Posted on: January 9, 2012 7:09 pm
Edited on: January 9, 2012 7:11 pm
Posted by Bryan Fischer
SAN ANTONIO, Texas -- The annual American Football Coaches Association convention is going on in Texas this week and usually coincides with the BCS National Championship game. Normally the weekend offers a chance to hang out with other coaches, make a few hires, exchange a few cards and knock back a beer at the bar after a long, long season.
Such is the case again this year, with plenty of head coaches, assistants, graduate assistants and high school coaches gathering along the Riverwalk. Usually there's a buzz about the only game left, the sport's ultimate prize, but with two SEC teams in the game there's a noticable lack of interest from some coaches. Things picked up a little on Monday as kickoff drew near but there's wasn't a lot of breaking down the game over lunch as there normally was at the convention. That doesn't mean we let some of the coaches off the hook so CBSSports.com asked a few people their thoughts about the game between Alabama and LSU.
"The last two years the BCS games have been great and I can't imagine the championship game this year," Wisconsin head coach Bret Bielema, fresh off of a Rose Bowl appearance, said. "I don't have a tie to either one of those schools but it will definitely be a good football game. Hopefully I'll get to watch some."
One SEC assistant, who played LSU this season and asked not to be identified, felt the game would come down to whoever controlled the line of scrimmage.
"The secondaries for both teams are so fast and so good, if the quarterbacks don't have time to throw it will be 9-6 or whatever again," he said. "Both sides will try and establish the run game first and take their chances with some big plays."
New Texas A&M head coach Kevin Sumlin has yet to play in the SEC so he gave quite the diplomatic answer when asked about the matchup.
"I'm the new guy in the league, I can't give any predictions," Sumlin said with a laugh. "We play these guys next year so I'm not giving any predictions.
"This game could go either way. It was 9-6 and Alabama missed four field goals, you could be talking about a whole different ball game. I think you're going to see a more wide open football game. The quarterbacks have had more practice and coaches, with a lot of time, become more creative. That game was played pretty close to the vest in the middle of the year and I think tonight you're going to see a more wide open style of offense, from both teams."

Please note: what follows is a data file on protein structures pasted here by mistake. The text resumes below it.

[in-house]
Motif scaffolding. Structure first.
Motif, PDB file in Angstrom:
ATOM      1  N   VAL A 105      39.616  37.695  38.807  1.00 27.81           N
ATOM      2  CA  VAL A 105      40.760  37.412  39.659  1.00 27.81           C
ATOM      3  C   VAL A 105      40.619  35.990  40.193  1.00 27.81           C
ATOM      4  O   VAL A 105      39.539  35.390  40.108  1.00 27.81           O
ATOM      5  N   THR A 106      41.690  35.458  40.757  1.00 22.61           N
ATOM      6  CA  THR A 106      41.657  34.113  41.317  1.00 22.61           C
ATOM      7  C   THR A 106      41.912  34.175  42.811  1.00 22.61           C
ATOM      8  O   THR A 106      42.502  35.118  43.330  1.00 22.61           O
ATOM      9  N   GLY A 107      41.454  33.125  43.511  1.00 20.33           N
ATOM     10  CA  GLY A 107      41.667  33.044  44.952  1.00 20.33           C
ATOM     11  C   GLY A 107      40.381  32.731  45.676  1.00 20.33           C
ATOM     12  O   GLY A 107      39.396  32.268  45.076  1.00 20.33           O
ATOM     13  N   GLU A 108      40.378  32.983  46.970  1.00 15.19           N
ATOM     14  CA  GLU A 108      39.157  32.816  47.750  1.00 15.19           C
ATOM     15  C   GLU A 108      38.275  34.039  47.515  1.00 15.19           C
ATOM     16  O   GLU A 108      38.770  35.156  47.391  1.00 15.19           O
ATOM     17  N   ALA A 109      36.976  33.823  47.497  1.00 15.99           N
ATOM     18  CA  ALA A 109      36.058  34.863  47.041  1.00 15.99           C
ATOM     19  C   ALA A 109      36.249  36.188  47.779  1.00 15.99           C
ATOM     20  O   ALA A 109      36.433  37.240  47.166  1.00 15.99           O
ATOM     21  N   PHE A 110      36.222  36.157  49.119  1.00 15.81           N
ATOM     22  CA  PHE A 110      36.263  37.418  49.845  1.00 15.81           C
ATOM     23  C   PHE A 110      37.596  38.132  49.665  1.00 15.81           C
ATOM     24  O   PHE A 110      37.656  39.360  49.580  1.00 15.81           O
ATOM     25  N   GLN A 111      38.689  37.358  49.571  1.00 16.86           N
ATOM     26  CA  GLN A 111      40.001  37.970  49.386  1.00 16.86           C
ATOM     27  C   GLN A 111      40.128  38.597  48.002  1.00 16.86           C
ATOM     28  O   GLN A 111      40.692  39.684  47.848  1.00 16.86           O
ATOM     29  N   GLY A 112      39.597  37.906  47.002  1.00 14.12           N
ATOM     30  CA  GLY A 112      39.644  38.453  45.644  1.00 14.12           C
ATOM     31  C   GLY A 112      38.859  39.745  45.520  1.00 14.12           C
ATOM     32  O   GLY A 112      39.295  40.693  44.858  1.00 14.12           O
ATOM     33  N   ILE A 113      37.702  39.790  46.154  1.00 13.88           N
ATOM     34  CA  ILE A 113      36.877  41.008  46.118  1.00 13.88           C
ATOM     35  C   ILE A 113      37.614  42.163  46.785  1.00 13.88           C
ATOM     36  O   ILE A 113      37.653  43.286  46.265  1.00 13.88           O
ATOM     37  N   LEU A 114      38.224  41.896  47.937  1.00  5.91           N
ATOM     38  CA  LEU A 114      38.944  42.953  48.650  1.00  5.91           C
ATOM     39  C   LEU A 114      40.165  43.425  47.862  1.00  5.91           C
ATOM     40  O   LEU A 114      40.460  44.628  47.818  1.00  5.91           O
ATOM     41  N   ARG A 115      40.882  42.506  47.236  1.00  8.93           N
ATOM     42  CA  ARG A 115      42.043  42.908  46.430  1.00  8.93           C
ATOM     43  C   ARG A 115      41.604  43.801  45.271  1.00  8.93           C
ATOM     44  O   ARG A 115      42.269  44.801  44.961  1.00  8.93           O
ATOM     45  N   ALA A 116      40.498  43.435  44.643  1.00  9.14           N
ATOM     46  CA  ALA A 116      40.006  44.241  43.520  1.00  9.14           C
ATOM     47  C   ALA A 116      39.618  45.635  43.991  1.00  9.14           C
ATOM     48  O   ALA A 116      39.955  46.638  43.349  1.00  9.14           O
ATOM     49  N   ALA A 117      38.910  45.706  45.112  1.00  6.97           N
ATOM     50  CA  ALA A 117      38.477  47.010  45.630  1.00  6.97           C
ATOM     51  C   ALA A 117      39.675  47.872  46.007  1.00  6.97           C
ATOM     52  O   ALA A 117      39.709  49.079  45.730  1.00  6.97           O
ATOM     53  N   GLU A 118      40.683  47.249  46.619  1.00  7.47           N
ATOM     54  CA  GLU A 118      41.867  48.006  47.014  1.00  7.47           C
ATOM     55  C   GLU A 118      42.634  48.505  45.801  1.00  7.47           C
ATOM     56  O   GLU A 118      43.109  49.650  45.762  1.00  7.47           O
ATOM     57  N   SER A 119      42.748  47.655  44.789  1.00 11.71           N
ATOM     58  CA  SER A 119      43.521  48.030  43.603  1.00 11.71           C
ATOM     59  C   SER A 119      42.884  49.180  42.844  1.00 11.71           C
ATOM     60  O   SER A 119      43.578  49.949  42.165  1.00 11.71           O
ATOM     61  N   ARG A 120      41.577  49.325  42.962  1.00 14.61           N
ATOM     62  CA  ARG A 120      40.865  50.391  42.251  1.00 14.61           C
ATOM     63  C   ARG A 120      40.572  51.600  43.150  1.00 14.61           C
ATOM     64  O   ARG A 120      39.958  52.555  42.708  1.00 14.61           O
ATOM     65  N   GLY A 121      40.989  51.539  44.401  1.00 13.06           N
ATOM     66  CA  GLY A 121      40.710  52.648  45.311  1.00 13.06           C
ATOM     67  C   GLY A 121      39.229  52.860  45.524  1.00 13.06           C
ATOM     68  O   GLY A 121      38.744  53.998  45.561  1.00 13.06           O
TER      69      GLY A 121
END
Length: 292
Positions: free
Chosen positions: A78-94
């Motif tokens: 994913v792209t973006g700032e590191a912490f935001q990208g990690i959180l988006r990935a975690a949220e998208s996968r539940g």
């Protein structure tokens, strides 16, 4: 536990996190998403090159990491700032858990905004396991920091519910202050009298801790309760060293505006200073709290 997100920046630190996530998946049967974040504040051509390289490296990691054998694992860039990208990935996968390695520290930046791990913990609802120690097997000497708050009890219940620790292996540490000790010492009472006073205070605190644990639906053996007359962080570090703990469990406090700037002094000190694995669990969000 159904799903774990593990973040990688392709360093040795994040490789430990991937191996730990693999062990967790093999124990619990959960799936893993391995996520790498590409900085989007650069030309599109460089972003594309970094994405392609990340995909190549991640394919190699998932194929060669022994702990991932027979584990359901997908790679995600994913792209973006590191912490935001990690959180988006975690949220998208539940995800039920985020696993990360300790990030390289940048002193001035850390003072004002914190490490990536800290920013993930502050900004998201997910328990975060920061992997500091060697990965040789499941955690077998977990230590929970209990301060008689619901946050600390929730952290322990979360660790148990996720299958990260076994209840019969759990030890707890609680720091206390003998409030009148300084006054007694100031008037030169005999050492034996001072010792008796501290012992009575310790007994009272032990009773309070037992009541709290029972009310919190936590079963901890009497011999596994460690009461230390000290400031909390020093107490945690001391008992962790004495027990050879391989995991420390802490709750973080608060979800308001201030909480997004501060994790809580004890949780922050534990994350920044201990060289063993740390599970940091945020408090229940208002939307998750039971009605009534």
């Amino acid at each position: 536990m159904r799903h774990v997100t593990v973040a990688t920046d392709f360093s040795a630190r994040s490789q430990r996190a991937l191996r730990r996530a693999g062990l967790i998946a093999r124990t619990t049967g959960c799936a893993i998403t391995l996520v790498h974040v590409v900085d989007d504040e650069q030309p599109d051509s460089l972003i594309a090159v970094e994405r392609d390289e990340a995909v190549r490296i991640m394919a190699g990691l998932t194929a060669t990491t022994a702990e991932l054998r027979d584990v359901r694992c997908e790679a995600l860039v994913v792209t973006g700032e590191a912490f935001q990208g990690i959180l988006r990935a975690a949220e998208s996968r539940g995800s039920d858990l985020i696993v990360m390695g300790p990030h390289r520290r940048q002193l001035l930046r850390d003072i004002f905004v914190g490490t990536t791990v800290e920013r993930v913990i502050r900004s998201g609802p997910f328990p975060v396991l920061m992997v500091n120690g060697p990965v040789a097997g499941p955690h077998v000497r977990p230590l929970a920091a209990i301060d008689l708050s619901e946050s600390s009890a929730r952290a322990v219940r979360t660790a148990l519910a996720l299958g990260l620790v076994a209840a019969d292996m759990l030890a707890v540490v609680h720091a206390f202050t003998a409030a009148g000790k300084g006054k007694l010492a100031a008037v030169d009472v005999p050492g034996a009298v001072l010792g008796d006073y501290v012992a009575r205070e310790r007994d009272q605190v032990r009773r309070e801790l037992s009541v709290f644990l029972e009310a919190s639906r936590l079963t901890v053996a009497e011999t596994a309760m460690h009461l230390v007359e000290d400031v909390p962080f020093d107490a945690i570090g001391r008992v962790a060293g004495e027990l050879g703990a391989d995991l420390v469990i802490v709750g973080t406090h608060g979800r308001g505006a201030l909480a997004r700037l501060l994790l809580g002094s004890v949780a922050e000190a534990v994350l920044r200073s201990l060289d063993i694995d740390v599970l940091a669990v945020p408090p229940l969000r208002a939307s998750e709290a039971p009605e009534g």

The general consensus? It's going be a good, close game between two heavyweight SEC squads.
Posted on: January 10, 2011 11:49 am
Edited on: January 10, 2011 11:50 am
Posted by Bryan Fischer
DALLAS, Tex. – I’m in Dallas for the annual American Football Coaches Association Convention this week. One of the biggest draws of the convention is to network with other coaches and in some cases actually receive a job offer from a recently hired head coach.
It’s pretty obvious when you walk into the conference actually, as four large job boards are plastered with resumes. As assistants jockey for offers and shake hands in the hallway, one often forgotten aspect of switching jobs is the kids they were recruiting.
After months and months of developing a relationship andgetting pitched on attending a particular school, it can sometimes be quite jarring to 18 year olds to no longer have a coach to play for. With the majority of coaching changes occurring within a month of signing day, recruits and their families are often scrambling to schedule other official visits and talk with coaches.
At the Army All-American Bowl on Saturday, former Michigan commitment Demetrius Hart chose Alabama. Hart had committed to Michigan in October but opened things up when Rich Rodriguez was fired as head coach of the Wolverines. As an early enrollee, the coaching change had an even greater impact on his commitment.
“I’ve always liked Alabama,” he said. “But a lot of things came up with the coaching change at Michigan and me trying to get into school early. I didn’t know what coaches were going to be there. I would have been in a situation where I didn’t really know anybody. I had a good relationship (with the staff) and was going to come in early but with them leaving, Alabama was always a place I wanted to go.”
Former Miami commit Teddy Bridgewater had a longtime relationship with former Hurricane coach Randy Shannon. One of the top dual-threat quarterbacks in the country, Bridgewater was originally the jewel in the Hurricanes’ class and a special bond with Shannon played an enormous role in first choosing Miami. Without a coach in place, he decommitted about a week after Shannon was fired and eventually committed to Louisville.
“I’ve known Coach Shannon since I was a child,” Bridgewater said. “I played Pop Warner football in Arch Park and he’s an alum of Scott Park, that’s my rival park growing up. He used to come out to the games and the practices. We just grew a relationship over the years.
“For him to just be fired, it hit me hard. I was expecting to play for him. But that’s just the business part of college football.”
As hires are made and the coaching carousel turns this week, it’s worth remembering that sometimes it’s the kids who are impacted the most.